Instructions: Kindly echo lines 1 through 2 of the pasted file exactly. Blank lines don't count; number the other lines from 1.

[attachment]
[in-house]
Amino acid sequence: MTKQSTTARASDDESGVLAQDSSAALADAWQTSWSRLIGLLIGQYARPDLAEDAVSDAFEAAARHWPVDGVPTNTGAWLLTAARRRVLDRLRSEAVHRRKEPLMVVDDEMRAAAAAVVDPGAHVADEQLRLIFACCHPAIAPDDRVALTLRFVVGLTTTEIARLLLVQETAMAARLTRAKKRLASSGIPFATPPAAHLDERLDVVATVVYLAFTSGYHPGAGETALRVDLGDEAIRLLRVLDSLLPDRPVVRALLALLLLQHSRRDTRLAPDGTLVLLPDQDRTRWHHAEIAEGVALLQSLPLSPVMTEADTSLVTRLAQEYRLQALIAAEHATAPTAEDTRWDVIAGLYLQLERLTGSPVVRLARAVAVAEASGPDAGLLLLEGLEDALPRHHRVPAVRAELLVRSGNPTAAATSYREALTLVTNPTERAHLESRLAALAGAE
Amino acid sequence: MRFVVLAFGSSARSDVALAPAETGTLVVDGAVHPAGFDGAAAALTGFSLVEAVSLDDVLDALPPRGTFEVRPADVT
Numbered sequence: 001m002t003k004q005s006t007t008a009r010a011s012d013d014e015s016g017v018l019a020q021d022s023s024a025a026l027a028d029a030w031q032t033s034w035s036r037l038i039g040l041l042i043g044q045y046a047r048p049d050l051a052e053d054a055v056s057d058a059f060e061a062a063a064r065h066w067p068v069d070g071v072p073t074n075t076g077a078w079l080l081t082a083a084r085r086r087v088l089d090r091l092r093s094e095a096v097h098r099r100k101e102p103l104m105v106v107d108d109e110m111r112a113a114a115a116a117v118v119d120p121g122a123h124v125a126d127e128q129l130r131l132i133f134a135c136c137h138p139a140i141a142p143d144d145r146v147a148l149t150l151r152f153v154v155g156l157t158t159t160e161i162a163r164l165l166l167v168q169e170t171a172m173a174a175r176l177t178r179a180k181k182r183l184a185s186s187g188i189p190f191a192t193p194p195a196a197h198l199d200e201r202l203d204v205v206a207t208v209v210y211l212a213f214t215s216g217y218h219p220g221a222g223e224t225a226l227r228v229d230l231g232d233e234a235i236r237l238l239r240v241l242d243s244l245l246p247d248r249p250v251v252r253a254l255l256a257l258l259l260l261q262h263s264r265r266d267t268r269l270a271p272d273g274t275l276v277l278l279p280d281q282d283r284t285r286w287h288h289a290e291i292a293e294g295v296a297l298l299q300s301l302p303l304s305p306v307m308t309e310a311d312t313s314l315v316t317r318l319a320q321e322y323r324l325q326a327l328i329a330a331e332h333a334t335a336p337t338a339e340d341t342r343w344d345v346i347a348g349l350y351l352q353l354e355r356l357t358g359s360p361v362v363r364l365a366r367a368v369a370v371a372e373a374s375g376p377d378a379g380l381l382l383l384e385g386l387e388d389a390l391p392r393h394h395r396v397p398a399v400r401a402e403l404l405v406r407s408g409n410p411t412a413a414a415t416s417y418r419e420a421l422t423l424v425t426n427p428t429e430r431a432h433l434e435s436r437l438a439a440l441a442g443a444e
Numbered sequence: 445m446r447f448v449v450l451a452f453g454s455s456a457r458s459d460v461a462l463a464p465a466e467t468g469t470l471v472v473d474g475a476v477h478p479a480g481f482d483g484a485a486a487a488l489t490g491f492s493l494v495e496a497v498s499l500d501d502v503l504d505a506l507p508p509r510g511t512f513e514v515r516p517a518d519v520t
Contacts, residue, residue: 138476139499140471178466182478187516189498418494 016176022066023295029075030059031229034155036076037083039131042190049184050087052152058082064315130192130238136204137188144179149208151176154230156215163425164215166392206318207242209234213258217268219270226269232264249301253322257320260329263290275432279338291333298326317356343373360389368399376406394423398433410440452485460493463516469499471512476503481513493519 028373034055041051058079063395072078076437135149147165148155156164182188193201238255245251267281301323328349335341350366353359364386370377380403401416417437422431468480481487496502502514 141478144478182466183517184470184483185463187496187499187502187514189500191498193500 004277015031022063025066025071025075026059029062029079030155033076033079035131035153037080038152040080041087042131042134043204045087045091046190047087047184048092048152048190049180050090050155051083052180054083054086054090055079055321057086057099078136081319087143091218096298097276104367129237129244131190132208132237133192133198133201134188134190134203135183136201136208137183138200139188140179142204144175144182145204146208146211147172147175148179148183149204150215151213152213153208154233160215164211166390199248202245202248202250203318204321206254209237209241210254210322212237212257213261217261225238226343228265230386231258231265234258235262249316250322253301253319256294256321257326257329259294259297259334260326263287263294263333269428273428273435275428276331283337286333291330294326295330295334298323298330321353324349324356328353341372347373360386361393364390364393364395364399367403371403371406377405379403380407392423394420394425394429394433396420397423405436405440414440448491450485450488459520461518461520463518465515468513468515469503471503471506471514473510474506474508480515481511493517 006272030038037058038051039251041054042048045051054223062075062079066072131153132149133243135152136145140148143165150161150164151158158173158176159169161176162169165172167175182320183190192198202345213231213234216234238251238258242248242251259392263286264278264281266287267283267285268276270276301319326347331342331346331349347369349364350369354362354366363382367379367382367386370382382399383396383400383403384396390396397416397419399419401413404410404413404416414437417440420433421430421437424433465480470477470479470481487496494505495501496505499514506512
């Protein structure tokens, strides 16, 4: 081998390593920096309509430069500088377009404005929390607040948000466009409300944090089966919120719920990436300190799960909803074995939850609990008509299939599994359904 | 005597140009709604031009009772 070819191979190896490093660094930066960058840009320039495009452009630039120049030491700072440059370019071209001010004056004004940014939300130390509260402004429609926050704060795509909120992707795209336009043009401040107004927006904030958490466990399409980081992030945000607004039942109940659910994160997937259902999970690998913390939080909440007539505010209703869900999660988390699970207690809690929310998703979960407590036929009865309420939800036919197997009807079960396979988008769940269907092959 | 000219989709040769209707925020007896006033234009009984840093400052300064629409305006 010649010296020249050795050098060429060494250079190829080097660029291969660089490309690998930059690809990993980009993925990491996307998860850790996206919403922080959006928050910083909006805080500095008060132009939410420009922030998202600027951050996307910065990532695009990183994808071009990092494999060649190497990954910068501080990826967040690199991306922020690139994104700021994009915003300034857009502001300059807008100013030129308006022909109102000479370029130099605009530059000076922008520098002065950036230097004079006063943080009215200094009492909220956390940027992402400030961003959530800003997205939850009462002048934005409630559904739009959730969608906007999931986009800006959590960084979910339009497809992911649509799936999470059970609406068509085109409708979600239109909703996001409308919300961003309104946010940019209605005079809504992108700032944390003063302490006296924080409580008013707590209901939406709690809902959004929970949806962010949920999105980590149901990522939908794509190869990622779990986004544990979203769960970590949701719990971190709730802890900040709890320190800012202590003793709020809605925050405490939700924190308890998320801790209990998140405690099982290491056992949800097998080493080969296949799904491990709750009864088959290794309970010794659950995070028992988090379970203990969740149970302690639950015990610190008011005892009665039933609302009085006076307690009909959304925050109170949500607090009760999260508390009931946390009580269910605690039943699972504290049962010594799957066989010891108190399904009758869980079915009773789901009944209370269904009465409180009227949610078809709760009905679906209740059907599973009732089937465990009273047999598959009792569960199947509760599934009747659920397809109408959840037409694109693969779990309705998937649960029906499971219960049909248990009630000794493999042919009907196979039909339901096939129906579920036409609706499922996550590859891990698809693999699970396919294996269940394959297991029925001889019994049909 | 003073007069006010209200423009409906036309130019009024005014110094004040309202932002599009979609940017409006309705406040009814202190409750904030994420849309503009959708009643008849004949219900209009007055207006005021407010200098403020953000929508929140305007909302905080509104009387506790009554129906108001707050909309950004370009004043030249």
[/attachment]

[in-house]
Amino acid sequence: MTKQSTTARASDDESGVLAQDSSAALADAWQTSWSRLIGLLIGQYARPDLAEDAVSDAFEAAARHWPVDGVPTNTGAWLLTAARRRVLDRLRSEAVHRRKEPLMVVDDEMRAAAAAVVDPGAHVADEQLRLIFACCHPAIAPDDRVALTLRFVVGLTTTEIARLLLVQETAMAARLTRAKKRLASSGIPFATPPAAHLDERLDVVATVVYLAFTSGYHPGAGETALRVDLGDEAIRLLRVLDSLLPDRPVVRALLALLLLQHSRRDTRLAPDGTLVLLPDQDRTRWHHAEIAEGVALLQSLPLSPVMTEADTSLVTRLAQEYRLQALIAAEHATAPTAEDTRWDVIAGLYLQLERLTGSPVVRLARAVAVAEASGPDAGLLLLEGLEDALPRHHRVPAVRAELLVRSGNPTAAATSYREALTLVTNPTERAHLESRLAALAGAE